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House: Season 3 - Fools For Love (Review)

David Morse in House

Review by Jack Foley

IndieLondon Rating: 5 ouf ot 5

INDIELONDON singles out notable episodes from our favourite television series for stand-alone reviews. On this occasion we take a look at the season 3 episode of House entitled Fools For Love.

What’s the story? House (Hugh Laurie) takes the case of a young woman who has been rushed to the hospital with problems breathing and severe stomach pain after she and her husband were robbed. After her husband collapses, the team believes the couple’s illnesses are related. Meanwhile, Michael Tritter (David Morse), a clinic patient, causes problems for House that could have serious ramifications.

Why the review? House is often criticised for being a little too restricted by its “medical mystery of the week” format. But while that’s true to a certain extent, the writers almost always manage to pull an interesting story out of the bag and occasionally they excel.

Fools For Love not only put forth a genuine head-scratcher of a mystery but also a worthy new adversary for Hugh Laurie’s grouchy doc in the form of David Morse’s equally grouchy clinic patient, Michael Tritter. The resolution of the episode was an absolute humdinger.

Digging a little deeper: Some of the best episodes of House find Hugh Laurie being pitted against someone who is equally as stubborn and/or brilliant as him.

In season one, for instance, a multi-episode story arc involved a compelling battle of wits between the cavalier House and by-the-book billionaire businessman Edward Vogel, which succeeded in putting Hugh Laurie’s character through the emotional wringer.

In season 2, it was matters of the heart that almost proved the good doc’s undoing, concerning the return of his ex-wife.

The entrance of excellent character actor David Morse (of The Green Mile, The Rock and Down In The Valley fame) looks set to provide House with his most formidable opponent yet.

The first confrontation between the two actors was a tour-de-force moment for the third series. House, glib and tetchy as ever, refused to take a sample from Tritter’s groin area and attempted to send the patient on his way in record quick time.

But Tritter took exception to House’s rudeness and deliberately tripped him up on his way out of the clinic, prompting House to seemingly reconsider his position and take the swab.

House, however, had something else in mind and proceeded to give Tritter a more thorough examination that placed the two on a collision course.

But rather than focusing on this story just yet, director David Platt put it on the back-burner, concentrating instead on the intriguing medical dilemma (which resulted in another shock discovery involving the patients) and a comical interlude involving House’s bet with colleague Dr Foreman (Omar Epps) that Dr Wilson (Robert Sean Leonard) was having an affair with a new blonde recruit at the hospital.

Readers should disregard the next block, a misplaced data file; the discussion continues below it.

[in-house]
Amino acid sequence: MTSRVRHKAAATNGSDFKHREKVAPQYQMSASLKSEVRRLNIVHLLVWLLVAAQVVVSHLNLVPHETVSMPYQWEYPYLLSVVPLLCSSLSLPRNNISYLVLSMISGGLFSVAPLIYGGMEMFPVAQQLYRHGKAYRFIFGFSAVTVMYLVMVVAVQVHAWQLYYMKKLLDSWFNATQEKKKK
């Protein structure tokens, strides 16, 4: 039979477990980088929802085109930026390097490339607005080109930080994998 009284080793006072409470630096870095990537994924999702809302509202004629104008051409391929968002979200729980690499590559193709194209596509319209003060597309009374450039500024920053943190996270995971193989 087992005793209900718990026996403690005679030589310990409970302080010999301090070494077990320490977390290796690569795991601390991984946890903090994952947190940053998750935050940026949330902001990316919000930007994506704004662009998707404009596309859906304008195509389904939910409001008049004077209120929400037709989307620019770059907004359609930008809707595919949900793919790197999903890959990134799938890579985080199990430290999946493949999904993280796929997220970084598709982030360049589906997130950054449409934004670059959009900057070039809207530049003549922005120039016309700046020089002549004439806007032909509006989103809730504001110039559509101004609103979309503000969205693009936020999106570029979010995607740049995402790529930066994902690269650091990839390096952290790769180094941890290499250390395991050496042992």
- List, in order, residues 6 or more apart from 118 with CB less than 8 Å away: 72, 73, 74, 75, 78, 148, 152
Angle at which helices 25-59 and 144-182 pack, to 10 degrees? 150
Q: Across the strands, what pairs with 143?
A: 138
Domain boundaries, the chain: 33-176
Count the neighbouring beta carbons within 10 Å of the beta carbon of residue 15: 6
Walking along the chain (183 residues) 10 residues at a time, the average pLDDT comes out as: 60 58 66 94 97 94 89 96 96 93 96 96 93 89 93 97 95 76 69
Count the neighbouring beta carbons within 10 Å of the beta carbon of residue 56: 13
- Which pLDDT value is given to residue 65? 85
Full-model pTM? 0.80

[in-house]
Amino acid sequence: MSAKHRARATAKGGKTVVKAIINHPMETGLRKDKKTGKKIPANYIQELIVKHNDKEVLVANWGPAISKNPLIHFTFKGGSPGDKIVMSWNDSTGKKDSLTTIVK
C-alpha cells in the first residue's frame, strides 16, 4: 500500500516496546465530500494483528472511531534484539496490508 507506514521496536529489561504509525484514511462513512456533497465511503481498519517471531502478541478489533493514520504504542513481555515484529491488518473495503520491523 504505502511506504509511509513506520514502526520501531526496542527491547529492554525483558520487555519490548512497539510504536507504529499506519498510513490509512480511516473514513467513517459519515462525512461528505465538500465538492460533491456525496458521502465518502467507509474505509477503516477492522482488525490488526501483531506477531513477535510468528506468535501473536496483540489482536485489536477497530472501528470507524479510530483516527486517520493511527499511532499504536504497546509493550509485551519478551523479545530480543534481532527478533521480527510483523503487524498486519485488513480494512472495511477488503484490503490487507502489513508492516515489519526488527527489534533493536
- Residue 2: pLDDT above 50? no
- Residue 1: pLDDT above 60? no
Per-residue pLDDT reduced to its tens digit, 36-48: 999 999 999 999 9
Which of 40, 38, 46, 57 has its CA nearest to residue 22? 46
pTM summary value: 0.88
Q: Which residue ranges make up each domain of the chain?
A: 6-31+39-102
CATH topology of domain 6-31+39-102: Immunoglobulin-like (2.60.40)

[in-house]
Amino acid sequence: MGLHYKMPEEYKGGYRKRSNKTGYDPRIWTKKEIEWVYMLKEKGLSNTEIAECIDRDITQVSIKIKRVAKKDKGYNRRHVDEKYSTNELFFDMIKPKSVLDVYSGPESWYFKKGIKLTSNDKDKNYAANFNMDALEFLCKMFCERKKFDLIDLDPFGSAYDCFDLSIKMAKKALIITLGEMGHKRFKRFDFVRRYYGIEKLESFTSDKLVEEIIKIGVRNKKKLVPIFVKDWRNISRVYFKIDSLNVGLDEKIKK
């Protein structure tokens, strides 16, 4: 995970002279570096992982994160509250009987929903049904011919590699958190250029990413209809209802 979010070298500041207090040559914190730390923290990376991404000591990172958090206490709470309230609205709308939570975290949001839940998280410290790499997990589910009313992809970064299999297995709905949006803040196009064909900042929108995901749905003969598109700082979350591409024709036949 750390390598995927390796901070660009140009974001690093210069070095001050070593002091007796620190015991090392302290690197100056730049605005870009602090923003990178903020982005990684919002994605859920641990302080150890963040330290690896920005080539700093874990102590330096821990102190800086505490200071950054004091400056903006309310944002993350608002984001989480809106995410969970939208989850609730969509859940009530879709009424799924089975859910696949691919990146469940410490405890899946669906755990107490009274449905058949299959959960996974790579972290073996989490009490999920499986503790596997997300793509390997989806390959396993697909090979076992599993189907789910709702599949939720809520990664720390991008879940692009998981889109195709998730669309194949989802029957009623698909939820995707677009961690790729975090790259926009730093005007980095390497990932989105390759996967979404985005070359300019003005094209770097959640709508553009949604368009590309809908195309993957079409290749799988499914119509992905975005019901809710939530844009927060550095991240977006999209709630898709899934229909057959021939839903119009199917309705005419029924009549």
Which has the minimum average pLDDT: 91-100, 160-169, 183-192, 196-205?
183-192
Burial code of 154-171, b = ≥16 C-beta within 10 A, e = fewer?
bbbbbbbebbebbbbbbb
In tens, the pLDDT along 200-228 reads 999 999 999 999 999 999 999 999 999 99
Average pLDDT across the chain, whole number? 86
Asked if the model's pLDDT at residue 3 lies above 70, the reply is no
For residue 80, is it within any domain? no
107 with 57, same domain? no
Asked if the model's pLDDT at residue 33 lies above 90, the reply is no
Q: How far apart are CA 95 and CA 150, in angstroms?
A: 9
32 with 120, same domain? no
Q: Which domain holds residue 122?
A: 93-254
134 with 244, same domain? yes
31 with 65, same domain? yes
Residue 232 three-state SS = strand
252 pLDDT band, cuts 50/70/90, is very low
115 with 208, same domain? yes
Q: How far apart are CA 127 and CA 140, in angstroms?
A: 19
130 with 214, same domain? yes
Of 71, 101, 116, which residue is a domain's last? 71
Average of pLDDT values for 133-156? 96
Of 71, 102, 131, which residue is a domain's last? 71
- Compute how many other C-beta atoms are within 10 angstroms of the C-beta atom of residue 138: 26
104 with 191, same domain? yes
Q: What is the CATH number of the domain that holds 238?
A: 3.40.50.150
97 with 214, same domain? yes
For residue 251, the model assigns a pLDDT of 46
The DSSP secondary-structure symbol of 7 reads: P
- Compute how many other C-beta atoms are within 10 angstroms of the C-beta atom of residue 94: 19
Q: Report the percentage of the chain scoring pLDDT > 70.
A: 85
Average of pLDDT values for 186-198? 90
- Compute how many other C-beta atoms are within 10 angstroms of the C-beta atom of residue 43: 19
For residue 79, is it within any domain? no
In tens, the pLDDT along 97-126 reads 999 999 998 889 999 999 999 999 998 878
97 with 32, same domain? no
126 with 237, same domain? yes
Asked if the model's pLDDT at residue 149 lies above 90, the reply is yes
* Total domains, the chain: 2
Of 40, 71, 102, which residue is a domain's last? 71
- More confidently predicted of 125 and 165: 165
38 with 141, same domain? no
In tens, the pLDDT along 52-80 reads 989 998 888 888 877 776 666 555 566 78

Tritter floated back on the scene for a mini-confrontation in Dr Cuddy’s office midway through proceedings, offering him a chance to apologise that House refused, before cropping up in at the end to help deliver the cracking denouement.

Turns out Tritter is a cop and House’s pig-headedness has now landed him on the wrong side of the law, particularly as Tritter stopped him for speeding on his motorbike in a residential zone and then arrested him for possessing unprescribed painkillers.

Part of the pleasure in seeing House being taken down a peg or two is the keen sense of anticipation it lends the series. House will undoubtedly bounce back and even regain the upper hand but it’s always intriguing to see how he goes about doing so.

But given the quality of the early scenes between Laurie and Morse, it’s safe to assume that fans of the series are in for some spectacular fireworks as the battle of wills intensifies.

Morse is an actor I have long admired and the role of Tritter is tailor-made for his particular skills. So it should be fascinating to see how this story progresses.

Fools For Love also impressed for another reason – the quality of the writing. Always good, Peter Blake’s script was nothing short of exceptional in this episode, finding time to include plenty of witty banter between House and his colleagues.

But it also afforded Omar Epps a nice moment in the spotlight – both in the surprise revelation that it was him dating the new blonde recruit, and in his final moments with the patient of the week. It added some extra depth and layering to a character that sometimes feels under-written.

Hats off to the creative forces behind House, then, for dropping in such a crackerjack episode so early in the third season, and for expertly setting up the prospect of another terrific confrontation and sparring partner for Laurie to trade blows with. This is a show that still has us gripped…

What do you think?

  1. House is one of the best progs on TV. This episode was one of the best yet. Morse was great in St Elsewhere and it’s good to see his face back on the small screen. He should provide an excellent adversary for Hugh Laure’s character.

    Jane    Apr 23    #
  2. In season two Stacy was an ex-girlfriend he lived with. Not an ex-wife.

    dodi    Apr 23    #